Feb. 4, 2010 The American Academy of Orthopaedic Surgeons (AAOS) recently approved and released an evidence-based clinical practice guideline on the Treatment of Distal Radius Fractures. A distal radius fracture -one of the most common fractures in the body- usually occurs as a result of a fall. For example, a fall may cause someone to land on his or her outstretched hands, breaking the larger of the two bones in the forearm, near the wrist.
- In 2007, more than 261,000 people visited the emergency room due to a distal radius fracture.
"The Academy created this clinical practice guideline to improve patient care for those sustaining a distal radius fracture," stated David Lichtman, MD, chair of this guideline workgroup. "This serves as a point of reference and an educational tool for both primary care physicians and orthopaedic surgeons, streamlining possible treatment processes for this ever-so common problem," he added. "While a wide range of treatment options are available, they should always be tailored to individual patients after discussions with their orthopaedic surgeons."
The final patient-oriented guidelines for treating distal radius fractures contain 29 evidence-based recommendations overall, some of which are included below:
- The research suggests that a rigid cast is better than a splint if the fracture was displaced.
- If a fracture was not displaced -- as in a hairline crack -- a removable splint can be worn.
- If a fracture has a tendency to fall back the way it was before the physician fixed it, research suggests that these fractures heal better if the surgeon operates on them, rather than treating them with a cast.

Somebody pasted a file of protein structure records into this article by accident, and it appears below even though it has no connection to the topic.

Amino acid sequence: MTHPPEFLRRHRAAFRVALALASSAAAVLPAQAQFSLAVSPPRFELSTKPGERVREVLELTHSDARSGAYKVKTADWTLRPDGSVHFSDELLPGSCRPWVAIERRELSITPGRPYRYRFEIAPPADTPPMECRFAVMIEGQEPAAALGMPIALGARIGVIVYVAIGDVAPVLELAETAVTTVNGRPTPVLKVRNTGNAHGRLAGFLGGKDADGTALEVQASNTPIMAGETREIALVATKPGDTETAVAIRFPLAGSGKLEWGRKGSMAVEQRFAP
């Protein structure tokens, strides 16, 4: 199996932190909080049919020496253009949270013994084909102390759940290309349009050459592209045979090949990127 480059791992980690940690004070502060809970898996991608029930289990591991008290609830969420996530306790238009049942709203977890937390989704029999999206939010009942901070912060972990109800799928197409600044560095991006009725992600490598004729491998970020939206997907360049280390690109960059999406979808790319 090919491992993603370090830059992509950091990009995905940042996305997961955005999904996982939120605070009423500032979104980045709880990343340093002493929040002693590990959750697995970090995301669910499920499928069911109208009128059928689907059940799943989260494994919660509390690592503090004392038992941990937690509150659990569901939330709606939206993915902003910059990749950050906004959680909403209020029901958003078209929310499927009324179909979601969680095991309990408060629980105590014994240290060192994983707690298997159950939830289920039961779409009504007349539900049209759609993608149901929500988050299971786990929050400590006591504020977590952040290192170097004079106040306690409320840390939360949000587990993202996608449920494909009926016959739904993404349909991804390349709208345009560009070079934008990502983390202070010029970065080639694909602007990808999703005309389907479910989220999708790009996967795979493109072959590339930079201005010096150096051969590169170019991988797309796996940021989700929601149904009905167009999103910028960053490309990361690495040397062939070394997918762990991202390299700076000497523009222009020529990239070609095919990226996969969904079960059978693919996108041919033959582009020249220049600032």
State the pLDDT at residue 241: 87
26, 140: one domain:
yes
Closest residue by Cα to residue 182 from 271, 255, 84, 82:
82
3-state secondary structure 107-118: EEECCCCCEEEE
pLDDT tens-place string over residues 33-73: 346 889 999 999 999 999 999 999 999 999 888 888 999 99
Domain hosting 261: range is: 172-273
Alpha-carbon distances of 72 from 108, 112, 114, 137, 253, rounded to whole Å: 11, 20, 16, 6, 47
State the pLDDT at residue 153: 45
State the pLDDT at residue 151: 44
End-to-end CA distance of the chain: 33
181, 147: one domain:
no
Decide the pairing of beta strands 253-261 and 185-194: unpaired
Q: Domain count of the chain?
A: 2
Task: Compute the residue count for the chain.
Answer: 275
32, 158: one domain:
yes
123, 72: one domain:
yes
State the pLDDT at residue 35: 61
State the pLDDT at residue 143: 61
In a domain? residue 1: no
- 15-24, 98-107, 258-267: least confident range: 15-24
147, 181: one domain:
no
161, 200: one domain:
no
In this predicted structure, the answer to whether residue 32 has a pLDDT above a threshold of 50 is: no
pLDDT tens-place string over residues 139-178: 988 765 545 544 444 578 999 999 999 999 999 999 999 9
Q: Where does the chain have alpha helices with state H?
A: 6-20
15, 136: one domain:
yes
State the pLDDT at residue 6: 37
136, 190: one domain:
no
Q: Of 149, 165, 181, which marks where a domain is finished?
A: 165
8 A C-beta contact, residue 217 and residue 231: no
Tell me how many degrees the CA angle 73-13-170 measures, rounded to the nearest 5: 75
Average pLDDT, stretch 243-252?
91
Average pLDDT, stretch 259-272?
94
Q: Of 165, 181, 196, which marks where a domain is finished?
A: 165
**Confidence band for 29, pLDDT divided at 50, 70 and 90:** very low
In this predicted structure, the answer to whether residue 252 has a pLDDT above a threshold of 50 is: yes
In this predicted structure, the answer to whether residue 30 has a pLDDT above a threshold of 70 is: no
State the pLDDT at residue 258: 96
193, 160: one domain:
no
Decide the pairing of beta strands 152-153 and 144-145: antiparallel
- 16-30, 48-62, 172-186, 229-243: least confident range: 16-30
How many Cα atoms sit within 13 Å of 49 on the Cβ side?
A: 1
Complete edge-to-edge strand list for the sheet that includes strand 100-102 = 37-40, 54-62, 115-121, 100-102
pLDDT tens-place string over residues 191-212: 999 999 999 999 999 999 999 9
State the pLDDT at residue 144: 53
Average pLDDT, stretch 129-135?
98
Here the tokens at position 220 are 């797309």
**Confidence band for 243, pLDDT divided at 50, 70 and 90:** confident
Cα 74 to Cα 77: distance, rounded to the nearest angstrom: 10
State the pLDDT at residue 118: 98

According to the work group, one key question that needs to be answered in future research is whether surgeons should perform the same operations and use the same fixation methods with older patients as they do with younger patients. Lichtman points out that some elderly patients are physiologically younger than others. By lifting weights, getting regular exercise, and staying in shape, some seniors have the same bone structure of an individual 20 or 30 years younger. Lichtman and his colleagues had been looking for answers to this particular question in the current review of the literature and were surprised, once again, to find that no answers existed at this time.
Due to the current studies lacking evidence based support, the following recommendations were a consensus among the Academy work group:
- Distal radius fractures treated without surgery should have repeated x-rays for three weeks and when the use of a splint or cast is discontinued.
- Patients should perform active finger motion exercises following diagnosis of distal radius fracture.
- Patients with distal radius fractures and unremitting pain need to be re-evaluated promptly by their physician.
"Probably the most valuable part of this exercise was the realization that better studies are needed to precisely determine which current treatments work the best under different clinical circumstances. We also came up with some helpful ideas on how to design future studies," said Dr. Lichtman.
Creating this Guideline More than 4,000 journal articles from around the world were analyzed over the course of a year and every article was graded on a five-point scale depending on the strength and quality of the evidence. Only prospective, randomly controlled clinical trials with enough patients to establish clinical and statistical significance could earn the highest grade, ranking as strong evidence.
The full guideline along with all supporting documentation and workgroup disclosures is available on the AAOS website: http://www.aaos.org/guidelines.
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